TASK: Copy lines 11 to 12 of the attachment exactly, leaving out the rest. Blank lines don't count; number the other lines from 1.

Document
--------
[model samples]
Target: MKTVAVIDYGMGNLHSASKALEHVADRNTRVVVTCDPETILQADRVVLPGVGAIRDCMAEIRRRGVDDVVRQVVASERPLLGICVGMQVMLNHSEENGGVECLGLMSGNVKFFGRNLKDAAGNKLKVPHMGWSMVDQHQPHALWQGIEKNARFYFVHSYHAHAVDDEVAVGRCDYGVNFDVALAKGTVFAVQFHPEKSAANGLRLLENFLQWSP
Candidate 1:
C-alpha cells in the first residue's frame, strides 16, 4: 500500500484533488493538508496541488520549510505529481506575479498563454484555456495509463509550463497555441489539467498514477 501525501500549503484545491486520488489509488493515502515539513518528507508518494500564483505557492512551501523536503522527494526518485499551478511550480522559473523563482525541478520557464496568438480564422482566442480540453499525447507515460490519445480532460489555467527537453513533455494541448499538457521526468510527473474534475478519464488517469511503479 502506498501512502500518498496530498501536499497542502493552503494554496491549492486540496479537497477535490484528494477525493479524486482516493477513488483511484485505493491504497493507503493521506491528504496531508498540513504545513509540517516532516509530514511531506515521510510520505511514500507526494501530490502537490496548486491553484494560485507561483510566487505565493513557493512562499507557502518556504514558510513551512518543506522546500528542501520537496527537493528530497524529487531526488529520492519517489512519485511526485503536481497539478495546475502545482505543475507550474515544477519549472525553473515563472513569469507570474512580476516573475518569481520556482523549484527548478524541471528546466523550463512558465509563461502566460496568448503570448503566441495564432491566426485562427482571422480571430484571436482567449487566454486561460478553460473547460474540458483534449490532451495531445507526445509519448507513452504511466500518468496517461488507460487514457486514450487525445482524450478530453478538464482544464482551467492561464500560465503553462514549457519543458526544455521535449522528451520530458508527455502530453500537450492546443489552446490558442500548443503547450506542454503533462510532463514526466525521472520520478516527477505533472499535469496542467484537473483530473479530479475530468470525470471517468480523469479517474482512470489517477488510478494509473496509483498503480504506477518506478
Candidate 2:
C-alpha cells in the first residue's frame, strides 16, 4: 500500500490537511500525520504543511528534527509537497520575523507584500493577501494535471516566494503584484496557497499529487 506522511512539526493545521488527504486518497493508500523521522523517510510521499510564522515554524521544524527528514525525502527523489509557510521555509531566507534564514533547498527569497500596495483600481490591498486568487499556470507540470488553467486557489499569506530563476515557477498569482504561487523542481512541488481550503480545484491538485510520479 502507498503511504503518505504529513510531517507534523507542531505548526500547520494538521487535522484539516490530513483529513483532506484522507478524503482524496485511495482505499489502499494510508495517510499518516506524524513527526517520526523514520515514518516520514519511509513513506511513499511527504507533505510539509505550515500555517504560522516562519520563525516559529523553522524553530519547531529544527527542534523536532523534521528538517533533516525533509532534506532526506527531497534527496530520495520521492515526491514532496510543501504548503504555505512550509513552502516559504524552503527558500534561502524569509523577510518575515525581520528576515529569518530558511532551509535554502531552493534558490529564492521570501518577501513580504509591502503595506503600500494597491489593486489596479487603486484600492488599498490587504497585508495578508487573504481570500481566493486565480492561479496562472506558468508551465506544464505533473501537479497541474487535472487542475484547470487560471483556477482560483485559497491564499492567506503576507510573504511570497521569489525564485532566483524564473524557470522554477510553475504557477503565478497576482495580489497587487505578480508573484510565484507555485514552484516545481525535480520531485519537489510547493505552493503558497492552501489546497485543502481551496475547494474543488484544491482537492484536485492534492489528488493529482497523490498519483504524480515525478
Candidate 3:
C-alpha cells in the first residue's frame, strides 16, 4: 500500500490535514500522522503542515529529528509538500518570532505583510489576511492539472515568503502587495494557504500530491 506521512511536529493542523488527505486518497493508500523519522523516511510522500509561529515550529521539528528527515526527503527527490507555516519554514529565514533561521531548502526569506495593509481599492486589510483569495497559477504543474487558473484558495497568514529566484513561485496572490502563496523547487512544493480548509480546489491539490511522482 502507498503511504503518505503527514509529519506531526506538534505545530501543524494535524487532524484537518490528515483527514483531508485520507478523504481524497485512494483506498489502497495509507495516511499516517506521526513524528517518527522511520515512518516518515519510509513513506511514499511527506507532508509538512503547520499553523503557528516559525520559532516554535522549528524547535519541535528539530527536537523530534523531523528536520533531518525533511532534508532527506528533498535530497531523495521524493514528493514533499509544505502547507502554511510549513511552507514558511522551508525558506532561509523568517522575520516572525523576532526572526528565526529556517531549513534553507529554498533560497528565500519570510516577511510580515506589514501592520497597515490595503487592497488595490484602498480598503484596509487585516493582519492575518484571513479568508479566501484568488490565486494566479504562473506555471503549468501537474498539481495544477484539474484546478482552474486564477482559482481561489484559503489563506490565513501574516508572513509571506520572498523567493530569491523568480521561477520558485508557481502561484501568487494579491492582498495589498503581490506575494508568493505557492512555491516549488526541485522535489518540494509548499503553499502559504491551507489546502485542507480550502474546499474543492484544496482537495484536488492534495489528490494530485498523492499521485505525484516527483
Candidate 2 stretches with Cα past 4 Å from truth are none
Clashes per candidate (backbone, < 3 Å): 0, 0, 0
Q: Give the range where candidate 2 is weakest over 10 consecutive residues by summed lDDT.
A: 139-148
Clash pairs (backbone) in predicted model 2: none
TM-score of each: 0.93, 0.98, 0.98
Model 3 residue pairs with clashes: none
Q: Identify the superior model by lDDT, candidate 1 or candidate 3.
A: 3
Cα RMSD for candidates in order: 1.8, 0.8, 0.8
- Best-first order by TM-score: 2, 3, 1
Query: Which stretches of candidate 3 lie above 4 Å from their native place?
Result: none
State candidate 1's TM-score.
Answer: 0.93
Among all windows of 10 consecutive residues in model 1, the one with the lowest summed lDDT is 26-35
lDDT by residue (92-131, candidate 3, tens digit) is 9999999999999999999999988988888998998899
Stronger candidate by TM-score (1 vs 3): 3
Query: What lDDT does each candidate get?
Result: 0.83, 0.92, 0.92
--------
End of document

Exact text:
Q: Give the range where candidate 2 is weakest over 10 consecutive residues by summed lDDT.
A: 139-148